Guardian Angels Church


Guardian Angels Church

Guardian Angels Catholic Church [ [http://www.gachaska.org/info.htm Guardian Angels Parish] ] is a historic church located in Chaska, Minnesota founded in 1858. A Roman Catholic church, Guardian Angels is part of the Roman Catholic Archdiocese of Saint Paul and Minneapolis.

Guardian Angels School [ [http://www.ga-school.org/ Guardian Angels School] ] (School District 112), a pre-K to 8th grade private school, is affiliated with this church.

Parish Leadership

Father Paul Jarvis became the 26th Pastor of the parish on October 17, 2007.

Parish History

The parish’s history dates back to 1842 when the fur trader J.B. Faribault invited Father Augustine Ravoux to establish a mission among the Sioux Indians in what would become the town of Chaska.

Fr. Ravoux built a small log chapel and named the parish St. Francis Xavier, but dismantled the chapel three years later when the Native Americans saw the European immigration as a threat, and in turn threatened to burn the chapel down. The chapel was sold to German Catholic Christians in Wabasha and floated down the river to its new home.

In the 1850s the Benedictine Fathers made frequent visits to the Chaska area – mostly to German immigrant communities along the Minnesota River, formerly called St. Peter’s River – to determine whether a community was large enough to support a church.

Minnesota achieved statehood in 1858 and during that year the Benedictines decided that Chaska was able to support a church. The congregation had difficulty choosing a name for the new church, so they decided to have Michael Guenser's two-year-old daughter look at pictures of saints and select one. She chose the picture of the Guardian Angel, and so the church was named Guardian Angels Catholic Church.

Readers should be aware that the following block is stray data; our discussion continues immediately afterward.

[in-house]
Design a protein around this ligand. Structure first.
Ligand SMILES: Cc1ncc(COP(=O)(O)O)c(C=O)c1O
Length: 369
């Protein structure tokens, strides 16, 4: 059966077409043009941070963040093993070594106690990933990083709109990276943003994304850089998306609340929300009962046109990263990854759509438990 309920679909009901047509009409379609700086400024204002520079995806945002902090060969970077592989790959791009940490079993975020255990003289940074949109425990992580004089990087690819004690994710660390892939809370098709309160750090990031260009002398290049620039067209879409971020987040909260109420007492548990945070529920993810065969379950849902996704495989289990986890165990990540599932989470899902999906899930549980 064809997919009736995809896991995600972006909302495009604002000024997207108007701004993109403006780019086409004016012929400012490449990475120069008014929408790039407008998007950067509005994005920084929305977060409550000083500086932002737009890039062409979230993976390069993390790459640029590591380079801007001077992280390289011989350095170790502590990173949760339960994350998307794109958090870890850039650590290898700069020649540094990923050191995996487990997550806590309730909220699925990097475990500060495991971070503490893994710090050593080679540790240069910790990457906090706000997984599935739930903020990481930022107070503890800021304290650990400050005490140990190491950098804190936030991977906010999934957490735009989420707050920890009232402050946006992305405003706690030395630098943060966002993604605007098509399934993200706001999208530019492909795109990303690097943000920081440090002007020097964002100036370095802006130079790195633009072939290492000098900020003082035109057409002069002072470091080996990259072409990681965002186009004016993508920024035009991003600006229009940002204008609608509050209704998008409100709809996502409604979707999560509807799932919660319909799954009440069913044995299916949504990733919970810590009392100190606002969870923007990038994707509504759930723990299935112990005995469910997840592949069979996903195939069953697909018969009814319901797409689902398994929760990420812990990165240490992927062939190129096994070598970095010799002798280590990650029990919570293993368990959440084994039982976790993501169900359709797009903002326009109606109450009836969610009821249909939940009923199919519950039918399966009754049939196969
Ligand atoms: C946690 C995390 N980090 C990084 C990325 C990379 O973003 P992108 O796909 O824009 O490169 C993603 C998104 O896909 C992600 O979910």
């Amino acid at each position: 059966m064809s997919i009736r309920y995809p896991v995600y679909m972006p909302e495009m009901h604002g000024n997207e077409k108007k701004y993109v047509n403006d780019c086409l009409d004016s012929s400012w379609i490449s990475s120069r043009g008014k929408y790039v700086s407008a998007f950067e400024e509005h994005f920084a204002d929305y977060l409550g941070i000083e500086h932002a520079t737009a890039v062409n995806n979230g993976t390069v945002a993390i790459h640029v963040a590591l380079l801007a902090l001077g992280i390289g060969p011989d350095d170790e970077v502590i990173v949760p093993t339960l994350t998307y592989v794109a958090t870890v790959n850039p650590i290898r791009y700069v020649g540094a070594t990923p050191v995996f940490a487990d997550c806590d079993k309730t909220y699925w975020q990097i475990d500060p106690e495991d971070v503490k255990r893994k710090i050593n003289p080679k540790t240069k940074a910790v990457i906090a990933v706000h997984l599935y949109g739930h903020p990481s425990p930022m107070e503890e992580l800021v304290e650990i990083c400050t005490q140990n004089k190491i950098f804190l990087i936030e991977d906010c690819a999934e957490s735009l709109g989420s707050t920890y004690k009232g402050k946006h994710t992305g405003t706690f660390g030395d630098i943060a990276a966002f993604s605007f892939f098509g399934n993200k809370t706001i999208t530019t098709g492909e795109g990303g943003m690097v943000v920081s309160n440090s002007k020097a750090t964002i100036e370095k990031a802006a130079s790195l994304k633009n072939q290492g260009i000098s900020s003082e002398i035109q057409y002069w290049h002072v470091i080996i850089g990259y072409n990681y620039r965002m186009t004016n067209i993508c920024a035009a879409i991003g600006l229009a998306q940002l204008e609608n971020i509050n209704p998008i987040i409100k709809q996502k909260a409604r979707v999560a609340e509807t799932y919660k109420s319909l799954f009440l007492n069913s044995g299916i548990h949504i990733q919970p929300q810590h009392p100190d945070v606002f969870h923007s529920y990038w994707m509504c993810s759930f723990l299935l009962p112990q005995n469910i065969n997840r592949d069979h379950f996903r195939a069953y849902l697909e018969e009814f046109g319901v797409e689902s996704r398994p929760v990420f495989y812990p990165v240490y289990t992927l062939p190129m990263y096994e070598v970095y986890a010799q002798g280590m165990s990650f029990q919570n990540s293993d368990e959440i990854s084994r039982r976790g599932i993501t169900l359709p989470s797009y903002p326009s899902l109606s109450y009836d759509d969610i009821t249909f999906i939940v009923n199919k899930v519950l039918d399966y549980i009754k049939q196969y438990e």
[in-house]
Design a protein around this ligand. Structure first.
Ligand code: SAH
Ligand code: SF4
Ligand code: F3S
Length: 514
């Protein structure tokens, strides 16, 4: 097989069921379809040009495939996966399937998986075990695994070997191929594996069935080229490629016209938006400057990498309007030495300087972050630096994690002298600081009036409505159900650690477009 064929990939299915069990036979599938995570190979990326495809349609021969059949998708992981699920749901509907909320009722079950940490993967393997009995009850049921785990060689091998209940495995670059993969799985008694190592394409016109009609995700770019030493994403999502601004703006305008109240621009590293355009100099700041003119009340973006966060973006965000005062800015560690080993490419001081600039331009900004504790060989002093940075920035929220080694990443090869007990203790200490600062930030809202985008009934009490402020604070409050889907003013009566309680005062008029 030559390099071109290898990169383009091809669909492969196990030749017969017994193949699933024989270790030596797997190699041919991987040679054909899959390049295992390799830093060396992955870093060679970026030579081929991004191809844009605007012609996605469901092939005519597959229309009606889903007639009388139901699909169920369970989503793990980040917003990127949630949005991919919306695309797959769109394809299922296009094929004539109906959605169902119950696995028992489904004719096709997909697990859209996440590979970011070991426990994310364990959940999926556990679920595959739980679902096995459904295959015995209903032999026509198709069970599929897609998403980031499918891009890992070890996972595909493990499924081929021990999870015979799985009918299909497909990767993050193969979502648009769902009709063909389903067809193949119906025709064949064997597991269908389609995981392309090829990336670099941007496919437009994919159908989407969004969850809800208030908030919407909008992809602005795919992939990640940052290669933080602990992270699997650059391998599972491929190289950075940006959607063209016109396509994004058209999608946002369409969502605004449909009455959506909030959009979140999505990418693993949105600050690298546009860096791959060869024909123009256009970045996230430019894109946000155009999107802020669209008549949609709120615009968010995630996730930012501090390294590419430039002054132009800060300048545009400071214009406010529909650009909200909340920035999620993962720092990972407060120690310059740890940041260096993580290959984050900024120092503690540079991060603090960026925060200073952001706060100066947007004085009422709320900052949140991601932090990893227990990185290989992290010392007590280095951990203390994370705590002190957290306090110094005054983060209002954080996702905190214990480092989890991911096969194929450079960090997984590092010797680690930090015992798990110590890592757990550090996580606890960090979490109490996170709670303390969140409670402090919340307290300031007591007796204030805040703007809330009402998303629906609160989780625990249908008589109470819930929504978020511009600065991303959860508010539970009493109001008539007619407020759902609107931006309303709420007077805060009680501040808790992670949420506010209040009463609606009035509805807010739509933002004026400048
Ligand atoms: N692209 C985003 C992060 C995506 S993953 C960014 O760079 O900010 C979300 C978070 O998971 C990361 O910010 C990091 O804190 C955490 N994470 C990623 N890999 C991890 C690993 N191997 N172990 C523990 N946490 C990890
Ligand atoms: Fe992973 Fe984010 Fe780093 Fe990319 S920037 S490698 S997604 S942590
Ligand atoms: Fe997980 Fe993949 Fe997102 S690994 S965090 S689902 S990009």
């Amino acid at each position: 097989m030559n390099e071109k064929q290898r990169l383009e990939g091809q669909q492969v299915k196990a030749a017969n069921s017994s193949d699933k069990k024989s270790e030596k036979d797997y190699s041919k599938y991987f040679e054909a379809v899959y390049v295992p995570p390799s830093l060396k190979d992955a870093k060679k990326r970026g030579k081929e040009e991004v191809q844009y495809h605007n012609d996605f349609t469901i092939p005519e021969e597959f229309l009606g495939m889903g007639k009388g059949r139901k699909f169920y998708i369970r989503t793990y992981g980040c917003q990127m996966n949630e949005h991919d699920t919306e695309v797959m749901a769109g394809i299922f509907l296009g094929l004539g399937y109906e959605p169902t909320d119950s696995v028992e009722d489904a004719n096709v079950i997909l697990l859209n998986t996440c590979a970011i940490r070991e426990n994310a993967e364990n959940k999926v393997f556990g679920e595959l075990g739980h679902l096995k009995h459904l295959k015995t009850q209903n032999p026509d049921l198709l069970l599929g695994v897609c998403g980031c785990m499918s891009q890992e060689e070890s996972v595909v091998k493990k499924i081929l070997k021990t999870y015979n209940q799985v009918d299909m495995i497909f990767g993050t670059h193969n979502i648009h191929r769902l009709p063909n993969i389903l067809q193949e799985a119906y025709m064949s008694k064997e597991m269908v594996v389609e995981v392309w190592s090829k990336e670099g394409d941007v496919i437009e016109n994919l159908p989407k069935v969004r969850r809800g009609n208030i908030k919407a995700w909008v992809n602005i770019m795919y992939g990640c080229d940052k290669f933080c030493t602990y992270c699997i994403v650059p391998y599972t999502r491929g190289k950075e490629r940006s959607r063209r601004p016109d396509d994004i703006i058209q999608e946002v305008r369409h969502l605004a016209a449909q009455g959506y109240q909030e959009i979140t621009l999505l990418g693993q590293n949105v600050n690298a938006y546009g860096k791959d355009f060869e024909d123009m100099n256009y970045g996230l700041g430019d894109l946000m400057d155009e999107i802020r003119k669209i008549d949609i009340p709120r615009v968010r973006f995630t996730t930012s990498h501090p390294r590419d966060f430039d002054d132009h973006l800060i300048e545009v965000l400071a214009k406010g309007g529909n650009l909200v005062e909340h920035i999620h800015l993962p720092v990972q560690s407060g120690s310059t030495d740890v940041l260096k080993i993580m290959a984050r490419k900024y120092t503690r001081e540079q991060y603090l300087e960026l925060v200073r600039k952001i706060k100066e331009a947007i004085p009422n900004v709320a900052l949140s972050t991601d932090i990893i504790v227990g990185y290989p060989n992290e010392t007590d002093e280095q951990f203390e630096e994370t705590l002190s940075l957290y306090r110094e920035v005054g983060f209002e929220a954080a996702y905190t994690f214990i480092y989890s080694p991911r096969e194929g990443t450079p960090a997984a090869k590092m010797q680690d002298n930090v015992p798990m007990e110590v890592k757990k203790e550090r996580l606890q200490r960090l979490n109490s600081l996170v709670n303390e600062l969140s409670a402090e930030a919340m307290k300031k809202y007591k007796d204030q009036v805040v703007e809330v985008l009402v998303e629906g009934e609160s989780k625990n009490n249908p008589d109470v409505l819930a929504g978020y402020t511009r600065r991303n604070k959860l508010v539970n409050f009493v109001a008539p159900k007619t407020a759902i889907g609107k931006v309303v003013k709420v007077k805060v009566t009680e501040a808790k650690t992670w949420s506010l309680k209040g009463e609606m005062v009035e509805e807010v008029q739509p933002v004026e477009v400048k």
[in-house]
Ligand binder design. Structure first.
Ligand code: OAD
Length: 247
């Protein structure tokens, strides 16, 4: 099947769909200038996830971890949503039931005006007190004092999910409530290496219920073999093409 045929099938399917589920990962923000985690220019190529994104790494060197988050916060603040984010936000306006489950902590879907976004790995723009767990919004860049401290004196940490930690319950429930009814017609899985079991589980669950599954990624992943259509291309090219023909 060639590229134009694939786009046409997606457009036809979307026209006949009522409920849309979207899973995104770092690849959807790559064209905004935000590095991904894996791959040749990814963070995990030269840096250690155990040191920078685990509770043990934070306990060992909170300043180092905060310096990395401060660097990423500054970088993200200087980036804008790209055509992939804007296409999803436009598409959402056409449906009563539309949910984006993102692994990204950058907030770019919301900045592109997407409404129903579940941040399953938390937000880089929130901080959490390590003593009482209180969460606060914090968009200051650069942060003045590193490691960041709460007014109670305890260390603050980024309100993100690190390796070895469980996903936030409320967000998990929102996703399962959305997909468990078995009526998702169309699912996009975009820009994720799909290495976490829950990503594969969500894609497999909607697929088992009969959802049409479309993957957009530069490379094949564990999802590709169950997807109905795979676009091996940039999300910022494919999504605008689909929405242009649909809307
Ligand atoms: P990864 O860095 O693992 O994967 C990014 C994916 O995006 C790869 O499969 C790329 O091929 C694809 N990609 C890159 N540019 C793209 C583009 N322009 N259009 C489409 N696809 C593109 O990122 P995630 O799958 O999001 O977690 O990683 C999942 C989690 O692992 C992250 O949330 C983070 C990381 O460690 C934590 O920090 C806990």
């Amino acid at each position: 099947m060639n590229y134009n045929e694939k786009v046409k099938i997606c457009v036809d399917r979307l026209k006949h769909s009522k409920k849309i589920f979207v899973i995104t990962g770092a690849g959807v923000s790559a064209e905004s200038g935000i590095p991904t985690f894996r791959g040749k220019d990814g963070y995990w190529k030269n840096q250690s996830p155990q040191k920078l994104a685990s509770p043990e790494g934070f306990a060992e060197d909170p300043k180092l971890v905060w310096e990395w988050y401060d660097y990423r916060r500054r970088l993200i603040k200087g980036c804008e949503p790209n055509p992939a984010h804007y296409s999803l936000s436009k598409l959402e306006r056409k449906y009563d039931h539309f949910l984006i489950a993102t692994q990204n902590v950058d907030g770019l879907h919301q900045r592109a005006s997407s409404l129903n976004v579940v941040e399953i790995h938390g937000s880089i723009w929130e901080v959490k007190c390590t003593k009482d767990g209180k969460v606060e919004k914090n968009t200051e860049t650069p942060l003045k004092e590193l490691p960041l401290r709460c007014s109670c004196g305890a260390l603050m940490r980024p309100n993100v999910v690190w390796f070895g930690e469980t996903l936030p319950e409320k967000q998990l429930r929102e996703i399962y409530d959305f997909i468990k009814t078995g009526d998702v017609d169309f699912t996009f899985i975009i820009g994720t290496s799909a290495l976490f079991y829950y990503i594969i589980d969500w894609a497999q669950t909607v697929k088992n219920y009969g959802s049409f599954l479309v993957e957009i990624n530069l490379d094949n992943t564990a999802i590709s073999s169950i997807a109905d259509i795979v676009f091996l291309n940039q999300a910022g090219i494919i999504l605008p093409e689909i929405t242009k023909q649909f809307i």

Since the first log chapel in 1842, three churches were built. The first was built between the years of 1858 and 1860. It was a simple, small brick building with planks on wooded blocks that served as pews.

In the mid- to late-1800s, immigrants from Germany were fleeing official persecution of Catholic Christians in historically Catholic parts of Prussia and, later, the German Empire. They were flocking to familiar scenery in Wisconsin, Iowa and Minnesota, including the Minnesota River valley. Immigrants were also leaving the Netherlands (Holland) and Germany in search of land for growing families. The Dutch Catholics immigrating to the area were usually labeled as “destitute” by Dutch authorities.

By 1864, rapid population growth in the area saw the need for a larger church and in 1868 work began on a second church. This church served the community's needs until 1885 when construction began on the present church. This church, designed by John Geiser was built in Gothic Revival Style architecture. The new church was an imposing structure on the landscape, constructed of Chaska Brick with a steeple towering 162 feet above the street. The interior ceiling rose 39 feet above the floor. It was described as one of the most adorned structures in the area. The new building was dedicated by Bishop Thomas Langdon Grace, O.P. of St. Paul in 1885.

On October 7, 1902 disaster struck when an early morning fire destroyed the church interior, toppling the steeple onto a neighboring house and destroying it. By 5 o'clock that afternoon all that remained were the four charred walls and the picture of Our Lady of Perpetual Help, blessed by Pope Pius IX in 1871. Showing resiliency, within one year the parish reconstructed the church we see today on the present site. It was dedicated by Archbishop John Ireland of St. Paul one year later to the day it burned. The church exhibits all of the hallmark characteristics of the Gothic Revival style including Gothic arch windows and doors, corbelled brick, brick buttresses, quatrefoil motifs in the stained glass windows, and a central buttressed tower with a steeply pitched steeple.

Through the years, many changes took place inside the parish – the Benedictines were replaced by Franciscans who built a novitiate for incoming Franciscan friars. In 1995, the Franciscan Fathers and Brothers left Guardian Angels after serving 117 years to pursue other ministries with their limited number of members.

References


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Look at other dictionaries:

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